MARC: I think it’s 6-to-5 and pick ’em. (I don’t know what that means, but I heard Leo McGarry say that once on The West Wing, and always thought it sounded cool.) Seriously, all of the Pilot Season books have something special going for them. I wouldn’t count any of them out. But we’re gunning for the Number One spot, for sure.

HS: Are there any questions I should’ve asked but didn’t, or any other info you wanna make sure gets out about “Genius” or anything else?

ADAM: We were just named as two of Wizard’s “28 Titans to Watch” (I think that is the title), which is pretty cool. Highwaymen was released as a tpb. We have a bunch of anthology work coming up: A western book from Image, a bonus story in a Grunts tpb to be released by Arcana; a resurrection of a classic pulp character – The Sphinx. If you see us at the San Diego Con please say hello. We don’t bite… hard.

“Genius” hits the stores this week. It sounds more and more interesting the more I hear about it, so I’m fer sure gonna try to grab a copy.

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Interview with Will Terrell


Will Terrell by Will Terrell

This past weekend’s “Texas Country Reporter” segment on the Lubbock Sketch Club seems like a good time to present this short interview I did with the Sketch Club’s head honcho, Will Terrell.

Could you tell us something about yourself? Background, history, age, biography, etc…

I did not grow up in West Texas, in fact I moved around a whole lot before I ended up here. From Austin to Dallas to Denver to Houston and so on. Nine times in all. I moved to Lubbock my Senior year of High school and graduated in 1995 from Lubbock High.

I decided I wanted to make comic books for a living after graduation, mostly because I couldn’t really picture myself doing anything else. I’ve pretty much always been a storyteller. Even as a little kid I would make up invisible worlds wherever I was. Moving around so much, your imagination is pretty much all you have. I’d lay in bed, or in a field somewhere, and make up stories involving every person I knew going on some strange adventure or another with me. In retrospect, it was only natural for me to do that for the rest of my life.

How did the Sketch Club come about?

The Sketch Club came about from my experiences living in San Diego. I worked as a caricature artist out there at Seaworld and Legoland California. While there, I worked with hundreds of other professional artists — cartoonists, caricature artists, comic book artists, and so on. This environment, combined with the knowledge I attained studying at the Watts Atelier of the Arts, allowed me to learn more in a six month period than I’d learned in 10 years in West Texas. It was the entire culture of learning as a group and constantly challenging each other that inspired me to start the Sketch Club when I returned to Lubbock.

I don’t believe that Lubbock has any less talent than other cities, the problem is that there aren’t enough resources or opportunities to do something with it. In this I saw an opportunity for the Sketch Club. I’d been trying to start some sort of comic book artists group in Lubbock since the very beginning. I’ve tried lots of different ways of doing that. From publishing companies, to artist studios, to teaching classes and workshops. None of those seemed to work though. I can honestly say though, that the Lubbock Sketch Club is already enormously successful at what I intended it for. And it is only getting better and better.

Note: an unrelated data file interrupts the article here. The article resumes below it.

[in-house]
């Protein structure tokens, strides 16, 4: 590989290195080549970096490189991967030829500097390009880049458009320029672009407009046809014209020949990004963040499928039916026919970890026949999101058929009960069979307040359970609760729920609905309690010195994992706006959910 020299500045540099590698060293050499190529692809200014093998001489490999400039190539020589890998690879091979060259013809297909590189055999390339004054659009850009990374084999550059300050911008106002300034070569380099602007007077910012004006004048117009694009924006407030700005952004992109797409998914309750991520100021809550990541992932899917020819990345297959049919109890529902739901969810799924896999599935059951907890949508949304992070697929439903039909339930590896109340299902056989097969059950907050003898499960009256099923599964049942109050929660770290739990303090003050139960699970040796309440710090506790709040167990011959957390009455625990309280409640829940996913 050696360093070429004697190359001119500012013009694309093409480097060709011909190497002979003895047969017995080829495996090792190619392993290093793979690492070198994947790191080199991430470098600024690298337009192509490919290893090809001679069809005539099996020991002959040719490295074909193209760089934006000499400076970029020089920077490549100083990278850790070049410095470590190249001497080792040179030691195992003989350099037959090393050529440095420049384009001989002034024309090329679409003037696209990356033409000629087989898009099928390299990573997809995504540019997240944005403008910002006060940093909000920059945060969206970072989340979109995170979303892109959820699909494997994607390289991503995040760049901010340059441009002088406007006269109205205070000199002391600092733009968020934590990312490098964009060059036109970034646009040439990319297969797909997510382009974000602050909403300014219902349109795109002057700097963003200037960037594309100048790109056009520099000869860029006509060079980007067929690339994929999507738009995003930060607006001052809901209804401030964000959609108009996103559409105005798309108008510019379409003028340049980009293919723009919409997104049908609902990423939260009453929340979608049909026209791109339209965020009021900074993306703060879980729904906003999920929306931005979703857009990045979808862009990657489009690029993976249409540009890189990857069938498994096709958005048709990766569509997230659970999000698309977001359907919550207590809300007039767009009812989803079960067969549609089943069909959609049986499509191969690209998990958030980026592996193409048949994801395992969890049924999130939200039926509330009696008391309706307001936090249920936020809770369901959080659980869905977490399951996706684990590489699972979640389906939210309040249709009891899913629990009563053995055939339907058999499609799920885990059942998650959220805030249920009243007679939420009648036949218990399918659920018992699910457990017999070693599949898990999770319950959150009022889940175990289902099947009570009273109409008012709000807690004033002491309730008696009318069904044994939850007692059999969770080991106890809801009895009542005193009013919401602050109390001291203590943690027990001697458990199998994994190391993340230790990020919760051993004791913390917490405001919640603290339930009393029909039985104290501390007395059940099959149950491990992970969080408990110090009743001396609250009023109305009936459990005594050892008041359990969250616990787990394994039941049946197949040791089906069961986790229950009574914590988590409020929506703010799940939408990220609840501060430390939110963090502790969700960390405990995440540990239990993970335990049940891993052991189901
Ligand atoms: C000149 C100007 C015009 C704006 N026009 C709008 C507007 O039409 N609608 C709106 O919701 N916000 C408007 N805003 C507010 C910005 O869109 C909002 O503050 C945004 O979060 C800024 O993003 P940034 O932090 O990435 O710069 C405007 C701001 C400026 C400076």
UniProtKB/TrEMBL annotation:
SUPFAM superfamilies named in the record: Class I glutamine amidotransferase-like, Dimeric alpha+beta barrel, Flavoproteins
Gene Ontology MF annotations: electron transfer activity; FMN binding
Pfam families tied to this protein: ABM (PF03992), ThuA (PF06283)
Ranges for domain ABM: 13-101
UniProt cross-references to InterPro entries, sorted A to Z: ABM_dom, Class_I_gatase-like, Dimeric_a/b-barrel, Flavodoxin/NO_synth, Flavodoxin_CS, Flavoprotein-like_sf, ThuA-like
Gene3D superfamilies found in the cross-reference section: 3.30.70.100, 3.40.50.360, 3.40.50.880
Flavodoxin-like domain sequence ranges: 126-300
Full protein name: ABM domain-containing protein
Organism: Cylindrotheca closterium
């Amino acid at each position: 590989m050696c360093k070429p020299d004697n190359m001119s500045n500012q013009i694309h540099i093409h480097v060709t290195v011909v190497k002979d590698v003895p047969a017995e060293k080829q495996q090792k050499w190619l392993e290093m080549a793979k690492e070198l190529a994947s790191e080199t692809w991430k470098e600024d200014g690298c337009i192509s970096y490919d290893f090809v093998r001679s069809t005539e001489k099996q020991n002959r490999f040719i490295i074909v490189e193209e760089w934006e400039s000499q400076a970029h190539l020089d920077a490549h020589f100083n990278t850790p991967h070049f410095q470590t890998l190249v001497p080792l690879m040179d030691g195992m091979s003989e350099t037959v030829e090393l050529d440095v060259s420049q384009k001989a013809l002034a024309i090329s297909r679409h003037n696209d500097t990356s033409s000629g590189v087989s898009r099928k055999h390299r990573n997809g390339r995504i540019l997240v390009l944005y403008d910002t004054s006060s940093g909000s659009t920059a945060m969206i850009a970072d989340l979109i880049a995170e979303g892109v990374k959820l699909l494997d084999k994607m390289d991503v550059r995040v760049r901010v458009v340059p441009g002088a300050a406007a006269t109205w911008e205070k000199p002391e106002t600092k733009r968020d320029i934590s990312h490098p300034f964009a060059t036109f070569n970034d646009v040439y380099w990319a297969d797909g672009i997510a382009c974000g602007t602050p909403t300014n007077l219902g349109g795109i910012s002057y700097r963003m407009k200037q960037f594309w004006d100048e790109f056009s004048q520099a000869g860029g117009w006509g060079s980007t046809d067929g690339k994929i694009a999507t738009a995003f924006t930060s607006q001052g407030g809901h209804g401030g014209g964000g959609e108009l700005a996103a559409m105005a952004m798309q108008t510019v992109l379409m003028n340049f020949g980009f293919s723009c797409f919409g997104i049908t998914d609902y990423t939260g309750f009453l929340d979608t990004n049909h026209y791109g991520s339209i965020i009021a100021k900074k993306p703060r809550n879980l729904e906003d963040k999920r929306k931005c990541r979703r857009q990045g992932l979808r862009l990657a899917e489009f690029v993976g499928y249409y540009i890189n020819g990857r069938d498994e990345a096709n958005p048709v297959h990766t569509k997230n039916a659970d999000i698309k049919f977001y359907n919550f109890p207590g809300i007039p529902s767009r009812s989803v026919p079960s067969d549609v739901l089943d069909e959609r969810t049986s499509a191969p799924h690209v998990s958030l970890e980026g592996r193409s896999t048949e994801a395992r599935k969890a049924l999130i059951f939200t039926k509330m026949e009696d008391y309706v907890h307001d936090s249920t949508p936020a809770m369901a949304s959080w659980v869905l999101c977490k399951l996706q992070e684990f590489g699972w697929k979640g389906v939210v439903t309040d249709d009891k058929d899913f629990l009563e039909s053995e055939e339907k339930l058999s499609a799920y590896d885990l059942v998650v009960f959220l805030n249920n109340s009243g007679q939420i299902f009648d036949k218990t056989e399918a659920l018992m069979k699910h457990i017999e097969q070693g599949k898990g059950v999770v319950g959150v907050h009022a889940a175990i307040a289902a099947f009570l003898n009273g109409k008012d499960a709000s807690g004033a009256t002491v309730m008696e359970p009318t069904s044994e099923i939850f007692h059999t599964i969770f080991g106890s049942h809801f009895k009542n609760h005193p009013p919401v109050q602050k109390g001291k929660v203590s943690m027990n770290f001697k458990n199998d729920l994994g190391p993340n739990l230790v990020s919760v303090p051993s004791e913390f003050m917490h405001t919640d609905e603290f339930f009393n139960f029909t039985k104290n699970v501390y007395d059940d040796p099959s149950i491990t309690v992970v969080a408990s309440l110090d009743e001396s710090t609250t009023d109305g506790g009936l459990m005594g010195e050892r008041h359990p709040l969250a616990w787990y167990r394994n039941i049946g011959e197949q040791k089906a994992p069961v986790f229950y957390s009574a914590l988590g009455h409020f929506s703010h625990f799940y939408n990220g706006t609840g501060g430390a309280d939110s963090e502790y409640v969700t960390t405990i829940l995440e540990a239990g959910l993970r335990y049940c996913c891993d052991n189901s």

Things look to be moving forward very quickly for y’all, especially with the new space at Asbury. Please tell us a little about the new space and all it entails? How quickly is the Sketch Club growing?

The Hope Shalom Community has provided a space for the Sketch Club to give hands-on art education to the community. We are very grateful for this opportunity. Our attitude is to be interactive with teaching and learning. To make the process fun and easy, and teaching people to teach themselves. This is why you’ll see us at local events covering 4 or 5 tables with artists of all ages drawing and having fun.

The new spaces at the Asbury United Methodist Church allow us to do several things. We’ve started with a weekly figure drawing/painting group and that has been very successful so far. It’s training that is available to anyone, that might otherwise be very hard to come by outside of a university (sometimes even INside of a university). In the spring we will begin the next phase of the Sketch Club by hosting monthly workshops on illustration, digital painting, cartooning, etc., as well as a weekly after-school program. We’re very excited about that.

The sketchclub seems to be growing at a steady pace. We just passed our first birthday in October, and we had 35 people show up to our weekly Freebirds Saturday Sketch Night. The numbers tend to fluctuate each week, but we average 20-30. And we’re constantly getting new people along with our regulars cycling through depending on their schedules. Our figure drawing group averages 6-10 people every Wednesday night, and we intend to grow that into multiple nights.

What do you have planned for the Sketch Club’s future?

In the immediate future, we are planning to publish our 3rd issue of the Sketch Club Sketchbook in January. Along with our first comic book anthology. We are also putting together our first comic book CONVENTION in conjunction with the Science Spectrum and Star Books and Comics scheduled for Saturday, May 3rd, 2008 (Free Comic Book Day!).

In the near future, we would like to do a lot more public events where we have tables set up where the general public is invited to sit and sketch with us. We did 4 this year. My favorite was the Lubbock Arts Festival, where we had over 400 people sit down to draw with us, and we did cartooning for kids workshops for more than 3,000 kids. I’d also like to start taking that into the local school systems.

In the long term, we intend to incorporate the Sketch Club and file as a non-profit art organization. And focus a lot of our energy into training artists to teach and putting them in after-school programs around the city. With an emphasis on teaching young artists to make a career out of their art, and providing the resources and opportunities for them to do that… while enjoying the process.

Is there anything else I should have asked you but forgot to?

There is no fee to join the Sketch Club. Just show up and participate! We meet every Saturday night from 7-10 p.m. at Freebirds world burrito, 4930 S. Loop 289. Also visit our website for more information: